We consider two reduction scenarios relevant to input variables, using maximal and input-separated (IS) initial partitions like \(\mathcal {H}_0\) in Eq. (1) and \(\mathcal {H}_0'\) in Eq. (2), respectively. In Additional file 4 we perform a similar analysis on randomly generated BNs.

Large-scale validation

Fig. 2
figure 2

Large-scale validation: reduction power. The x-axis provides model identifiers for the 86 considered models (only even ones are shown due to space constraints), while the y-axis refers to reduction ratios “reduced variables over original ones”. The green dots denote the reduction ratios, in increasing order, for maximal reductions. Using the same ordering, the blue crosses denote the reduction ratios for IS reductions. Only 6 models do not admit any BBE reduction, while two more models (33 and 58) do not admit IS reduction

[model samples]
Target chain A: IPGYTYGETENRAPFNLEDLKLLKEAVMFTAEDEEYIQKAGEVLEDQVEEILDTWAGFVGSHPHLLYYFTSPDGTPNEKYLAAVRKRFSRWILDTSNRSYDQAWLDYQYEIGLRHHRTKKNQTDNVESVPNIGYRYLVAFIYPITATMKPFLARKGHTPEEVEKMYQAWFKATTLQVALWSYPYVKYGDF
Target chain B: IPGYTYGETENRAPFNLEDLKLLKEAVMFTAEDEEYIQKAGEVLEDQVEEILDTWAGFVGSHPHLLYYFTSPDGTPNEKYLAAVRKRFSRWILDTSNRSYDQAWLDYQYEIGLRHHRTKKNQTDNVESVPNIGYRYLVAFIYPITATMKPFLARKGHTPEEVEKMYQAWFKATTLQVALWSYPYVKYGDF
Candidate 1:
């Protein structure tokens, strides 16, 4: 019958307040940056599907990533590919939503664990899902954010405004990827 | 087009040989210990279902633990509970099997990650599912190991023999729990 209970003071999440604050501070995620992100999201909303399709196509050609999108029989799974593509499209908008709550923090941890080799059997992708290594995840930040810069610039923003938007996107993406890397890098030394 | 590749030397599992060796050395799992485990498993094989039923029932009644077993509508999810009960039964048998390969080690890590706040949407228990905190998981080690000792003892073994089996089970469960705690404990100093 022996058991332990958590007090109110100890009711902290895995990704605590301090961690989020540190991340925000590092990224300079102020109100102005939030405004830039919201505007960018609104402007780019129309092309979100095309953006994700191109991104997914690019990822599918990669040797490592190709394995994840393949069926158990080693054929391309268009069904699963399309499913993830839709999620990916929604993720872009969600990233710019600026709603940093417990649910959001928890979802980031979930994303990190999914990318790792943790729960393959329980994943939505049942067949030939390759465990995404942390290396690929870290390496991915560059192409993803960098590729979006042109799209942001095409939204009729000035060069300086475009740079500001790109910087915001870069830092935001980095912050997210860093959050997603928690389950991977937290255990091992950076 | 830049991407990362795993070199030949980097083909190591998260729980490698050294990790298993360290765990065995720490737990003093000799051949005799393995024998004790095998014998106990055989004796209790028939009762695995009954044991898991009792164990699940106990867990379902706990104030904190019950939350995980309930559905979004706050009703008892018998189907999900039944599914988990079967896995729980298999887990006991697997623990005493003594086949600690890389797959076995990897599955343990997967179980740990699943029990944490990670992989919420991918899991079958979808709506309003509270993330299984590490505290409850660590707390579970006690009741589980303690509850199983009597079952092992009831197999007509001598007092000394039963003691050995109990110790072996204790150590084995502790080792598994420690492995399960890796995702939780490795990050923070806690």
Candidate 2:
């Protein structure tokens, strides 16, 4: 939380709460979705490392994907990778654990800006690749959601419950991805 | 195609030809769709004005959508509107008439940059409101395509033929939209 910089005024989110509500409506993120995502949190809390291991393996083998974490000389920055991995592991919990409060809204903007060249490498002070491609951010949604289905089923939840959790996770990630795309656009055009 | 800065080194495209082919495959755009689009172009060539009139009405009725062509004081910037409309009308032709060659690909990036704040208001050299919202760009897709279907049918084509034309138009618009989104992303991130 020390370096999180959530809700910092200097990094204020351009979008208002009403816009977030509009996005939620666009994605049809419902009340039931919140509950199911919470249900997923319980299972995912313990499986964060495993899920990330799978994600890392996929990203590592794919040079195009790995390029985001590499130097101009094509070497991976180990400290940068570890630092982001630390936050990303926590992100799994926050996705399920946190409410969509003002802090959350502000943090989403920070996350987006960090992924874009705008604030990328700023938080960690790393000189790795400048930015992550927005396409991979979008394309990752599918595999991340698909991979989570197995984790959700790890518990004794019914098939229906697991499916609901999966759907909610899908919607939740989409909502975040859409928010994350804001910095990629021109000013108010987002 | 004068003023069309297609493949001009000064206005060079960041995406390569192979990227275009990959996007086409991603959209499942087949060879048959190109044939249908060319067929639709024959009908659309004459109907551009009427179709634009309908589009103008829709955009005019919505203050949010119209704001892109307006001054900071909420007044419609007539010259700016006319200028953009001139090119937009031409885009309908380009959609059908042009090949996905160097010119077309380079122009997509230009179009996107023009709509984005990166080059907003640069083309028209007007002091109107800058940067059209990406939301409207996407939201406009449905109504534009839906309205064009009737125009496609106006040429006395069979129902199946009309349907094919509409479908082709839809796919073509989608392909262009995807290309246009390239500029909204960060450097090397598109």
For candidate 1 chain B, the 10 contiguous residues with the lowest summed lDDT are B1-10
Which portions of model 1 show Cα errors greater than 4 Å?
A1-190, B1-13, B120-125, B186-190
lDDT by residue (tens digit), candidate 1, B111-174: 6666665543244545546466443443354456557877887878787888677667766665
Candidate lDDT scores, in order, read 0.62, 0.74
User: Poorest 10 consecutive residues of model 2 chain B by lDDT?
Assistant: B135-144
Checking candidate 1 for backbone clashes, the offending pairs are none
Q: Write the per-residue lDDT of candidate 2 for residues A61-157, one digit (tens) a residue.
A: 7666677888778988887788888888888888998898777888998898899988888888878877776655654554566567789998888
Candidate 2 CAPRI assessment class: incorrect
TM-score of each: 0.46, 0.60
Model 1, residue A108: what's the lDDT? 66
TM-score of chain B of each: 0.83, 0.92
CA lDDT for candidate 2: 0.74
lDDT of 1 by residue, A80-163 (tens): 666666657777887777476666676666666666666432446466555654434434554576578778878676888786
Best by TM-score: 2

Large-scale validation: reduction power. We begin by addressing the reduction power of BBE. For this, we consider the reduction ratios (variables in the reduced BN over the variables in the original one) obtained on all models.

Figure 2 displays the reduction ratios for both the maximal and IS reductions. We observe that almost all models can be reduced by BBE, in particular 93% admit a maximal reduction, while 91% admit an IS one. The reduction ratios distribute almost uniformly from 0.15 to 1.00 (no reduction), with average reduction ratio of 0.70 and 0.77 for maximal and IS reductions, respectively. For most models, the maximal and IS reduction ratios do not change significantly, meaning that BBE is effective also when we prevent input variables from merging with internal variables. All detailed results of this analysis can be found in Additional file 5: Table S3.

Fig. 3
figure 3